ASPECTS OF AMERICAN MUSICAL LIFE AS REFLECTED IN THE NEW MUSIC REVIEW AND CHURCH MUSIC REVIEW, 1901-1935
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The early twentieth century was a time of growth and important change in American musical life. However, many aspects of our national musical culture during this period remain largely unexplored. Among these is The New Music Review and Church Music Review (NMR) which from 1901 to 1935 offered a detailed chronicle of American musical life in some 404 issues and in over 16,000 pages. During its thirty-year publication run, the NMR was one of the most important music journals published in the United States and one that enjoyed "a high reputation for its able editorials and the excellence of its contributed articles."
This dissertation examines the central and, in the main, previously unexplored topics treated in the journal's feature articles including attempts to define an American musical identity, the promotion of American music and composers, and the history and development of the organ and its music in the United States -- i.e., efforts to standardize the organ console, the controversy over unification of organ pipes, transcriptions, service playing, programs, and accompaniment for motion pictures and choirs. The journal also treats the history and accomplishments of the American Guild of Organists, problems relating to early twentieth-century American sacred music, the purposes of church music, musical reforms in the Episcopal and Roman Catholic Churches, the education of the clergy, congregation, choirmaster and organists in their responsibilities for the implementation of sacred music, and the selection of church repertory, especially hymns and anthems.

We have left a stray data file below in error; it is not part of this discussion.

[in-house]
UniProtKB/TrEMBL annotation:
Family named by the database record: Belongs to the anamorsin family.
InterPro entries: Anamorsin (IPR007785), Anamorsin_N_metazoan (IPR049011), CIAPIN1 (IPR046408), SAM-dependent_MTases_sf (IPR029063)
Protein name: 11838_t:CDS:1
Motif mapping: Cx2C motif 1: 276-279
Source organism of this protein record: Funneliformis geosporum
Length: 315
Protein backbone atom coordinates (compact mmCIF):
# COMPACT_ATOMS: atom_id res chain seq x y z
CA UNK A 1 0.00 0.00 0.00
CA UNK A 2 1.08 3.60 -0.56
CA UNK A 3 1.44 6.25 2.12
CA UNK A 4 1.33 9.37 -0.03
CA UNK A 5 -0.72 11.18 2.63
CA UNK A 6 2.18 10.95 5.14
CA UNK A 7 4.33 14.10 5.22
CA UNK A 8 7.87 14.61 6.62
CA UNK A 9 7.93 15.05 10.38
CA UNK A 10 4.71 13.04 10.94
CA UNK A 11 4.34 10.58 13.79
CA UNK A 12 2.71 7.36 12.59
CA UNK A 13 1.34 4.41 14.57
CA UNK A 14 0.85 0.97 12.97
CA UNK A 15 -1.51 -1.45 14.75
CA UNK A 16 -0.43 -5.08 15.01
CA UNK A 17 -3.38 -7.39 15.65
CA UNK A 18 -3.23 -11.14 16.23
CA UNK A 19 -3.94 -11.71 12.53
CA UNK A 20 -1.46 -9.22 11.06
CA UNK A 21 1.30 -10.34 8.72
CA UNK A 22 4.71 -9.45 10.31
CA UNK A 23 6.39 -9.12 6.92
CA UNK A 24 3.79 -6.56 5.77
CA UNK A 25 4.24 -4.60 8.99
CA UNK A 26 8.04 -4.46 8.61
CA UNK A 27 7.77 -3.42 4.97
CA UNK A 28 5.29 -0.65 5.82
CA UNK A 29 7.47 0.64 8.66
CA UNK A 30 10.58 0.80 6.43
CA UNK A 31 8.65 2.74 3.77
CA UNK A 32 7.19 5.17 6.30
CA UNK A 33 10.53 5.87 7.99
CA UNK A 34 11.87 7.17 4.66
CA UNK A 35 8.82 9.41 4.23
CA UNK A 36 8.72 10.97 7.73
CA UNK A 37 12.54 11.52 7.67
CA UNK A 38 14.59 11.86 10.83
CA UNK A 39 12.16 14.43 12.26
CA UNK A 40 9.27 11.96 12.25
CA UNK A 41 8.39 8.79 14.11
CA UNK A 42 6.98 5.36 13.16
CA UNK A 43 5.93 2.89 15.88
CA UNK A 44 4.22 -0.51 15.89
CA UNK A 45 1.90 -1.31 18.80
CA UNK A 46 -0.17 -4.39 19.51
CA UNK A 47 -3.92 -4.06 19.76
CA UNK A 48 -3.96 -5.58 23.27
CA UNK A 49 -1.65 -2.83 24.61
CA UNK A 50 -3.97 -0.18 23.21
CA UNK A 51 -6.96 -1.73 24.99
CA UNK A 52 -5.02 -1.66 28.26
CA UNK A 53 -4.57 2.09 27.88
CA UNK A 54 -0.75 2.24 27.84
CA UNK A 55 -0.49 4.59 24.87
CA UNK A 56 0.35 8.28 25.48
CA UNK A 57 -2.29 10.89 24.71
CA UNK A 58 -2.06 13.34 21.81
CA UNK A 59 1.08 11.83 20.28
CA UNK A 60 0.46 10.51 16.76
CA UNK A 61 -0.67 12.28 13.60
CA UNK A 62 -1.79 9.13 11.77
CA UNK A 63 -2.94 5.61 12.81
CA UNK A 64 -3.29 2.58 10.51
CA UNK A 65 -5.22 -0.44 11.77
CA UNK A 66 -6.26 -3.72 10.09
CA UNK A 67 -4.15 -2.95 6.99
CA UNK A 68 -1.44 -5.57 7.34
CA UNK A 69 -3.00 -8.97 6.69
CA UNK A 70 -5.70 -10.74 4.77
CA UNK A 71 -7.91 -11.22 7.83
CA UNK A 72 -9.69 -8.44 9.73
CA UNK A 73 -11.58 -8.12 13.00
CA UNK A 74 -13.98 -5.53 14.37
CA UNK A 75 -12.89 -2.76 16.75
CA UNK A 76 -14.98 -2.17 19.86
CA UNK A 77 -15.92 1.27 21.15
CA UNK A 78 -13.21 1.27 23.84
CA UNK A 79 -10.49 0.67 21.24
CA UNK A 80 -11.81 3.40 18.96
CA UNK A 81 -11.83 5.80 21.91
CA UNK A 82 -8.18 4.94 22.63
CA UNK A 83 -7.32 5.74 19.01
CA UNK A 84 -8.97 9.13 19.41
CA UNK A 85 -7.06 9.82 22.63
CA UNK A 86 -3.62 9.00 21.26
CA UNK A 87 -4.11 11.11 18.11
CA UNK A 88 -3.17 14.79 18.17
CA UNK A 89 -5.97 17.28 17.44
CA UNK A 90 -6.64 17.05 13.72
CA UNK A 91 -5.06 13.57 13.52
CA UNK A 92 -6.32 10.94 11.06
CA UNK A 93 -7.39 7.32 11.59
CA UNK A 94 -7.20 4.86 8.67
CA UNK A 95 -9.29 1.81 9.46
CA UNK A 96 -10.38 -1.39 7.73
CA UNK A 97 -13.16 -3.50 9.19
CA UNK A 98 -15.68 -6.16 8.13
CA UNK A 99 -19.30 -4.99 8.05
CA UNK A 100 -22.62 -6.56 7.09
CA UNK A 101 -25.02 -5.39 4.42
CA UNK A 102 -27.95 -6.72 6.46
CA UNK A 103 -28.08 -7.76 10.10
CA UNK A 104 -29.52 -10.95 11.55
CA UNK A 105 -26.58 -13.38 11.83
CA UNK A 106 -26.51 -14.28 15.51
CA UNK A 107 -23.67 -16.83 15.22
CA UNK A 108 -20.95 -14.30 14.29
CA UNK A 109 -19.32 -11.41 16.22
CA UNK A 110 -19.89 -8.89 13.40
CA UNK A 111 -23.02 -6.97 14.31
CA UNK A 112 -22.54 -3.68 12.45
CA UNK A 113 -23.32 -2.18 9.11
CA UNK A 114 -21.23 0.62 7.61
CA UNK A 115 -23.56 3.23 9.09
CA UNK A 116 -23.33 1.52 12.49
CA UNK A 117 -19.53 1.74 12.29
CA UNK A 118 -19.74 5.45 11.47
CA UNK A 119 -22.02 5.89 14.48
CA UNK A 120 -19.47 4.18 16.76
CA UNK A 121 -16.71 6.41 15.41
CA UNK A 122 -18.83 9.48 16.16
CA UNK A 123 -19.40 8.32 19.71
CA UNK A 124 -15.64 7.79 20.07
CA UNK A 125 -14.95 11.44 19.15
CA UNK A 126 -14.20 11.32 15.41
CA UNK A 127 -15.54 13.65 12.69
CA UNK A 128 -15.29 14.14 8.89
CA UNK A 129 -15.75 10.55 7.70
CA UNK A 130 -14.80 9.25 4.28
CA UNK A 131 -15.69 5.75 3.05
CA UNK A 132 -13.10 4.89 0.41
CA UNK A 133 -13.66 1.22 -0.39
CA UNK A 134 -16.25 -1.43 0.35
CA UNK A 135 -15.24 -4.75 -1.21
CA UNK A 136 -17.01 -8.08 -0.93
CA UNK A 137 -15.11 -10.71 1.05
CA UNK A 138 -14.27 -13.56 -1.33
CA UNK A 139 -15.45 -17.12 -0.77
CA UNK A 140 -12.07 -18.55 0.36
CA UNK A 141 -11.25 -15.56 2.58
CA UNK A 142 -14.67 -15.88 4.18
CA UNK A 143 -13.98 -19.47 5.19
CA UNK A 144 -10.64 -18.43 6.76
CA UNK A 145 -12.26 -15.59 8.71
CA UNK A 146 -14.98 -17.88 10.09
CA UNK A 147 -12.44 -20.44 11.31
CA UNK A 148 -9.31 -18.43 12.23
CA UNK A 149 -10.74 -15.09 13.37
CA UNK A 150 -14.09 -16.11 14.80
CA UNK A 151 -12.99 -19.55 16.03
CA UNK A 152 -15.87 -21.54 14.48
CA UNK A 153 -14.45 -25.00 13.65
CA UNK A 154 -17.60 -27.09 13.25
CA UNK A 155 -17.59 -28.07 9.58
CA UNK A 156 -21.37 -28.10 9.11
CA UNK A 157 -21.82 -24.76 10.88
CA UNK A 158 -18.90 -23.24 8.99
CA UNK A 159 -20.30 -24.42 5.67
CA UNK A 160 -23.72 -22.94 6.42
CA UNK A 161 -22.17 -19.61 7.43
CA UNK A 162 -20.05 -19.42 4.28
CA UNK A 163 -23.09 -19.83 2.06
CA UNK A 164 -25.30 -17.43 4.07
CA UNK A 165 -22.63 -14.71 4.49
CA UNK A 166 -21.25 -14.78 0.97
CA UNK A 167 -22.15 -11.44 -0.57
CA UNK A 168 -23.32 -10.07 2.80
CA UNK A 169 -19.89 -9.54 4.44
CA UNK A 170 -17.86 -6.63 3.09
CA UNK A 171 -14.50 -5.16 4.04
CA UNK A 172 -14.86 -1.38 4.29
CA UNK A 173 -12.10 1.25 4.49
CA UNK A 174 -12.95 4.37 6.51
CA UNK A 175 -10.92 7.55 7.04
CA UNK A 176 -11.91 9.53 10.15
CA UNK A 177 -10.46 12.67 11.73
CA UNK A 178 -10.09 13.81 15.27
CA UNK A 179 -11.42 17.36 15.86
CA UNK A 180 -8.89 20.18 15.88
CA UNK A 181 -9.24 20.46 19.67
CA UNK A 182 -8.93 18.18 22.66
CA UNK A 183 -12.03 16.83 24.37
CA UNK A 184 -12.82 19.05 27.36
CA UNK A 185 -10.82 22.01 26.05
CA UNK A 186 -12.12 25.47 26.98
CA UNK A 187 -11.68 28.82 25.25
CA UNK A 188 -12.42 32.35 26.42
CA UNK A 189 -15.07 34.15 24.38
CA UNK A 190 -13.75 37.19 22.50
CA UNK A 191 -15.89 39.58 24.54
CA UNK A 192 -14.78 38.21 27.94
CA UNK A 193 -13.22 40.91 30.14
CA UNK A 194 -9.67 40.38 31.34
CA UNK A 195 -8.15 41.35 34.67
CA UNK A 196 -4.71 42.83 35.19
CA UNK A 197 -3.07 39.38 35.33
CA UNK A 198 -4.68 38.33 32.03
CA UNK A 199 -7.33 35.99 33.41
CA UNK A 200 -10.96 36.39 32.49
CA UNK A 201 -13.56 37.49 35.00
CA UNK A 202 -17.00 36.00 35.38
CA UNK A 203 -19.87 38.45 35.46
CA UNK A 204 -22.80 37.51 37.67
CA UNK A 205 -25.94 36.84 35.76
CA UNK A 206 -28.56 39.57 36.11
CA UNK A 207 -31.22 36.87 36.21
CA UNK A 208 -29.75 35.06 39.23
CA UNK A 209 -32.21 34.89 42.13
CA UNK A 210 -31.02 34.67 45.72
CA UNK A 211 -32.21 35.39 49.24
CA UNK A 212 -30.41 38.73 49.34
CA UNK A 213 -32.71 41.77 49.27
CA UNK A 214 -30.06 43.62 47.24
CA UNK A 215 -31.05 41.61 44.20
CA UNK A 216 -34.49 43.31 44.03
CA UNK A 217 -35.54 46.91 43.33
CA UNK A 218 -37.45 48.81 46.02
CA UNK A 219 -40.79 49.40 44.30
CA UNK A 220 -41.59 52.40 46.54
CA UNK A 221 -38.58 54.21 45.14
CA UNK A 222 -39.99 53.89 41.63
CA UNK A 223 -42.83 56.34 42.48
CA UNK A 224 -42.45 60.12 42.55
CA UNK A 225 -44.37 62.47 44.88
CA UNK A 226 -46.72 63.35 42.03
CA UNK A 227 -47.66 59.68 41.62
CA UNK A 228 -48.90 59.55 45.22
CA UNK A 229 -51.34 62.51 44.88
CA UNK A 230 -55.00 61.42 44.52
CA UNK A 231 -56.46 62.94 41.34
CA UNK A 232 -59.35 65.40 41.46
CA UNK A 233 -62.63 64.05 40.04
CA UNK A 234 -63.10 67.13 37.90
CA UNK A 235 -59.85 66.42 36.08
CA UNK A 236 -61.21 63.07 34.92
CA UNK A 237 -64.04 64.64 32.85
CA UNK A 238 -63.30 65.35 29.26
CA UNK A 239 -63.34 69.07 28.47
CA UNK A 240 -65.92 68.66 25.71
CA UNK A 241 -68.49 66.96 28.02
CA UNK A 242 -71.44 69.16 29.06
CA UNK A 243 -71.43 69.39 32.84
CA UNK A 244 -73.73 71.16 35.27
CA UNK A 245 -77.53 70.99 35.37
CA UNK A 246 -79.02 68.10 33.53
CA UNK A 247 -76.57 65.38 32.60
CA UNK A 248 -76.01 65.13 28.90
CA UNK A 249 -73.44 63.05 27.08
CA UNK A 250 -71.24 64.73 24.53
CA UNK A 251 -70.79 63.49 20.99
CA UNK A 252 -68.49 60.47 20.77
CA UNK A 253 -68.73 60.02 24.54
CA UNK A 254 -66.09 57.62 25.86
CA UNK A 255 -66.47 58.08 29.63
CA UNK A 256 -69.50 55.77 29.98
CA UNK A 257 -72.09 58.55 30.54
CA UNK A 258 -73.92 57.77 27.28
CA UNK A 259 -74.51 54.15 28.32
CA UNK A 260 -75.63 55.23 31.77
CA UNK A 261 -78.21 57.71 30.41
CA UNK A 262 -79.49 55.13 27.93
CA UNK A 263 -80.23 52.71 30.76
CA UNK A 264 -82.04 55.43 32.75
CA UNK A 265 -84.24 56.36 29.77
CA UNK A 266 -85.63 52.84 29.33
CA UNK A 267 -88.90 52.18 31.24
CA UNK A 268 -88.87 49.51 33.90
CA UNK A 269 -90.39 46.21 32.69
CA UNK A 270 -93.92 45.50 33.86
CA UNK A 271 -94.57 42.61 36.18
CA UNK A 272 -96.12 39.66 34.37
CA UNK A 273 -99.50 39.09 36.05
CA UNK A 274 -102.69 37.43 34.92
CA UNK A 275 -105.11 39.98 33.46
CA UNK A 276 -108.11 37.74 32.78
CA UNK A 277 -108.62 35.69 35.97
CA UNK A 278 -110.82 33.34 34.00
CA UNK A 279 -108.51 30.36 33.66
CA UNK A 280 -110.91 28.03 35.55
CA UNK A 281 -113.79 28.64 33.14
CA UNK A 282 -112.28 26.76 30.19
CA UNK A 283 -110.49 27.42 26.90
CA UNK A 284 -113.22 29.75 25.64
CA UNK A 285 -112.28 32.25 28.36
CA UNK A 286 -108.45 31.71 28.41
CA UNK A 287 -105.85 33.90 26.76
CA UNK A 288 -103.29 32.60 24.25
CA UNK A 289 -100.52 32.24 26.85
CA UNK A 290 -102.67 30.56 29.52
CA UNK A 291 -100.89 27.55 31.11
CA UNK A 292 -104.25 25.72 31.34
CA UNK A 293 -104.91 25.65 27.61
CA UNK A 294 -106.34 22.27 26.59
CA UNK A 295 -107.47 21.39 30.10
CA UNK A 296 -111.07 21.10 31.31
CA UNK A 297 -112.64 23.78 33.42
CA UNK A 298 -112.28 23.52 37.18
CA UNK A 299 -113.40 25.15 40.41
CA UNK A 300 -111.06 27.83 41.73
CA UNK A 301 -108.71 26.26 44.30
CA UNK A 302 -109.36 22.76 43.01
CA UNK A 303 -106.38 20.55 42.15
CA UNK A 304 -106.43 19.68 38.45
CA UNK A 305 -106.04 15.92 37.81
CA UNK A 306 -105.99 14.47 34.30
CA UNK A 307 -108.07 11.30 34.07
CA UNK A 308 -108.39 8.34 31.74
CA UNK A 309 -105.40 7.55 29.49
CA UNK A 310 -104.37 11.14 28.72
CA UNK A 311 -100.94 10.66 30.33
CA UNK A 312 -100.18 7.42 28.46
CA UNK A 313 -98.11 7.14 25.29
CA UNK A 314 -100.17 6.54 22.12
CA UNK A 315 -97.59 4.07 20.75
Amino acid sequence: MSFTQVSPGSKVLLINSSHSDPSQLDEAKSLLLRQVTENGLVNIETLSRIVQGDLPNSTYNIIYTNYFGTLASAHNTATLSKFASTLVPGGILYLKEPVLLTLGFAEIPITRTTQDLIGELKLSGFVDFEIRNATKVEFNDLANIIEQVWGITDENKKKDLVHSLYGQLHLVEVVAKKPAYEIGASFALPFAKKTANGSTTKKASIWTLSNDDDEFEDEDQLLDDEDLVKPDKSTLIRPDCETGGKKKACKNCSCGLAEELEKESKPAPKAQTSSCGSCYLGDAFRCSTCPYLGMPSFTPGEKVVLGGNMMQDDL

There are four appendices: the first summarizes the NMR's articles on choral music, the second summarizes the NMR's articles on music education, the third lists the NMR's biographical sketches, and the fourth provides a descriptive list of the journal's contributors.